public class Z { public static void main(String [] args) { int a, b, c, d, e, f; double x, y; Scanner keyboard = new Scanner(System.in); System.out.printf("Enter the first equation in the form ax+by=e: "); String first = keyboard.nextLine(); System.out.printf("Enter the second equation in the form cx+dy=f: "); String first = keyboard.nextLine(); // // Your code goes here: // Extract values of a, b, e from the first String // Extract values of c, d, f from the second String // // // Print out the equations so that we know the values // were read in correctly. // System.out.println("Here are the equations to be solved:"); System.out.printf("%2d * x + %2d * y = %2d\n", a, b, e); System.out.printf("%2d * x + %2d * y = %2d\n", c, d, f); // // Your code goes here: // Calculate x and y from the values of a, b, c, d, e, f // // // // Now print out the answer. System.out.println("Here is the solution:"); System.out.printf("x = %f, y = %f\n", x, y); } }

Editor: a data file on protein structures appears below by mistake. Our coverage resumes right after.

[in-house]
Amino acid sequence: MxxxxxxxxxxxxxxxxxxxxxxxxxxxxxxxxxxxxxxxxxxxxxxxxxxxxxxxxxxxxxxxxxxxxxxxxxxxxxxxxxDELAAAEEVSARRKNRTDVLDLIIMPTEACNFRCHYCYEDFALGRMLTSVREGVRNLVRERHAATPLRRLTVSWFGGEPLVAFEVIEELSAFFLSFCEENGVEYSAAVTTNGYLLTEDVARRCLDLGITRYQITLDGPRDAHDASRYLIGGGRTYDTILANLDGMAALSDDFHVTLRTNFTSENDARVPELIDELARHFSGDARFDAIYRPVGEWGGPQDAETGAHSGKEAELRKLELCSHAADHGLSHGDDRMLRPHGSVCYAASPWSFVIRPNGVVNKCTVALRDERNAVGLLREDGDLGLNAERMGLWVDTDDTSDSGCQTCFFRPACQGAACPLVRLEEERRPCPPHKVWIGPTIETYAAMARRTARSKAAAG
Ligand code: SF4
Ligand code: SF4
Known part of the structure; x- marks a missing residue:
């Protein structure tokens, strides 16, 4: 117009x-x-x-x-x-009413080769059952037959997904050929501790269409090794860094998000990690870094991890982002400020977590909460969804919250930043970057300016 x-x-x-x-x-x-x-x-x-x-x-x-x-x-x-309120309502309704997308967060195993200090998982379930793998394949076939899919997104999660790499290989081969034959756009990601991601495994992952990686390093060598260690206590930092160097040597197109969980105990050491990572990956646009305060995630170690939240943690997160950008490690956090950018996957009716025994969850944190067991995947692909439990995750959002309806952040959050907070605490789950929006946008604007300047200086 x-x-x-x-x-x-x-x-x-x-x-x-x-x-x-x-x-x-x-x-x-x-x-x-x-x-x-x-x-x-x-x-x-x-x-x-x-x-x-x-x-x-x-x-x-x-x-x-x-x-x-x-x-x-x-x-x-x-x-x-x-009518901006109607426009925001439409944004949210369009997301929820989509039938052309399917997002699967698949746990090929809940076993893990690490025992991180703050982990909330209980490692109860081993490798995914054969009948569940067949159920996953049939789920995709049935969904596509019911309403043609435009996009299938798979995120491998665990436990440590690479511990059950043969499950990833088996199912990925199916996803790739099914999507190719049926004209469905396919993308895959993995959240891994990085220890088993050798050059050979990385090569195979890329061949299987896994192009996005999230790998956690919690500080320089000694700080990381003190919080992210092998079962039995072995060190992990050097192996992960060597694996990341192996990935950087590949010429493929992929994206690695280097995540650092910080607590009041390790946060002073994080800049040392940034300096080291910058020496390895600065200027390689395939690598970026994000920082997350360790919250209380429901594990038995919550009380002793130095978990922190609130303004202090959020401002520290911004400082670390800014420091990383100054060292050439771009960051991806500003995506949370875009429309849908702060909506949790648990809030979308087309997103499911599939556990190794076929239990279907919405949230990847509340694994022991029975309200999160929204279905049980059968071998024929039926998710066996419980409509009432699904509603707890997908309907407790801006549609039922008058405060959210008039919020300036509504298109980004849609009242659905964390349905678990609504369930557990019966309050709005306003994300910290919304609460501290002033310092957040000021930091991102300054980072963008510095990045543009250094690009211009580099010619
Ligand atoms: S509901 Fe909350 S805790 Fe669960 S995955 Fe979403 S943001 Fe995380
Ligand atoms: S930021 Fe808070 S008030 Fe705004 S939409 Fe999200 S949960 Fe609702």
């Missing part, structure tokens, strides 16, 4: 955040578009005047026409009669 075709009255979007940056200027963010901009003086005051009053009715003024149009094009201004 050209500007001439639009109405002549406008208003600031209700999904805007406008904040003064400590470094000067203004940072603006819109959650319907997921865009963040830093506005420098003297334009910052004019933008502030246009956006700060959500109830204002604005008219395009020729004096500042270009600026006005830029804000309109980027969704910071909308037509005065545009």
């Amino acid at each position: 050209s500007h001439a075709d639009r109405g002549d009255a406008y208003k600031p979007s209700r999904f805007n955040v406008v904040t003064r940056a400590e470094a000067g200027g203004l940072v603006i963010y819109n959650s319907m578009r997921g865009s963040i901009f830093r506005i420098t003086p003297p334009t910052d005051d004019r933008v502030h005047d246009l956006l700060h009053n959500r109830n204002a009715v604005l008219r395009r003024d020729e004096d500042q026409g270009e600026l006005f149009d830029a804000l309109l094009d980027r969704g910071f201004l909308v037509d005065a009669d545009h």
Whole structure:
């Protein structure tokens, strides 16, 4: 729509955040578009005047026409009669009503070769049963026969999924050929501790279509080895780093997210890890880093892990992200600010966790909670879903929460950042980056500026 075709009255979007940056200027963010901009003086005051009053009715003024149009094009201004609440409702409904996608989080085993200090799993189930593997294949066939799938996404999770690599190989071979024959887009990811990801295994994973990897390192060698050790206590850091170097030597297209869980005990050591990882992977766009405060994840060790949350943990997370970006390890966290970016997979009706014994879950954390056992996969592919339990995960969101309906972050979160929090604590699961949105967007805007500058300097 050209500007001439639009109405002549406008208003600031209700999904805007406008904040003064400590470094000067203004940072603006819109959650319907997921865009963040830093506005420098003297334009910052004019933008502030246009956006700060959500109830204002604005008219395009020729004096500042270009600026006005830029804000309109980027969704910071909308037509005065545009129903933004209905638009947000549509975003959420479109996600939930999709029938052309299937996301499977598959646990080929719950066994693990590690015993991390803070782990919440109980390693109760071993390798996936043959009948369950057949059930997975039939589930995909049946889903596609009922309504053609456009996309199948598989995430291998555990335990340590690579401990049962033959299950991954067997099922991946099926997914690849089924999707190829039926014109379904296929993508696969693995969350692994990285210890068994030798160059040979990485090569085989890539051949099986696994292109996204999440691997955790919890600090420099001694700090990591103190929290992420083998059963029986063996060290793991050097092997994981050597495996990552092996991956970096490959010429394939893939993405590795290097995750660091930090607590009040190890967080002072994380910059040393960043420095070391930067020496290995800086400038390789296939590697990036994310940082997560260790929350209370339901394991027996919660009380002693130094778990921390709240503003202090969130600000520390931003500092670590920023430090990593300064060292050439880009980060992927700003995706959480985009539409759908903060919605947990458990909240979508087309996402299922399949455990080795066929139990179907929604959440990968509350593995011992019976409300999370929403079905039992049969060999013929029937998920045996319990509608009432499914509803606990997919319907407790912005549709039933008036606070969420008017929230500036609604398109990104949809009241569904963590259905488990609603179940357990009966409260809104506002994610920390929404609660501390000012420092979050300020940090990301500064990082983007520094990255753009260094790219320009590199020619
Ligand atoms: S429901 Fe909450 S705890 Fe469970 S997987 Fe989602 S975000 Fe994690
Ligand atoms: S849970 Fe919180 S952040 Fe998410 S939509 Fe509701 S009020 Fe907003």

While debugging, you can just set the values of the Strings internally instead of reading from user input, so that you won't have to type the blasted stuff each and every stinking time that you run it while correcting bugs.
public class Z { public static void main(String [] args) { int a, b, c, d, e, f; double x, y; // Comment out user input while debugging //Scanner keyboard = new Scanner(System.in); //System.out.printf("Enter the first equation in the form ax+by=e: "); //String first = keyboard.nextLine(); //System.out.printf("Enter the second equation in the form cx+dy=f: "); //String first = keyboard.nextLine(); // While debugging, just use fixed Strings instead of user input // String first = "3x+3y=9"; String second = "4x+6y=11"; // // Your code goes here: // Extract values of a, b, e from the first String // Extract values of c, d, f from the second String // // . . .
Cheers!
Z
ChicoTheMan94 (September 26th, 2012)
jgkjhjhj
Last edited by redbull; May 9th, 2015 at 04:36 PM.
hkjhhhjkh
Last edited by redbull; May 9th, 2015 at 04:36 PM.
I thought you had been given some hints. Oh, well...
- Make the first substring dependent on the position of the character 'x' in each equation's String.
- Make the second substring dependent on the position of the character '+' and the position of the character 'y' in each equation's String.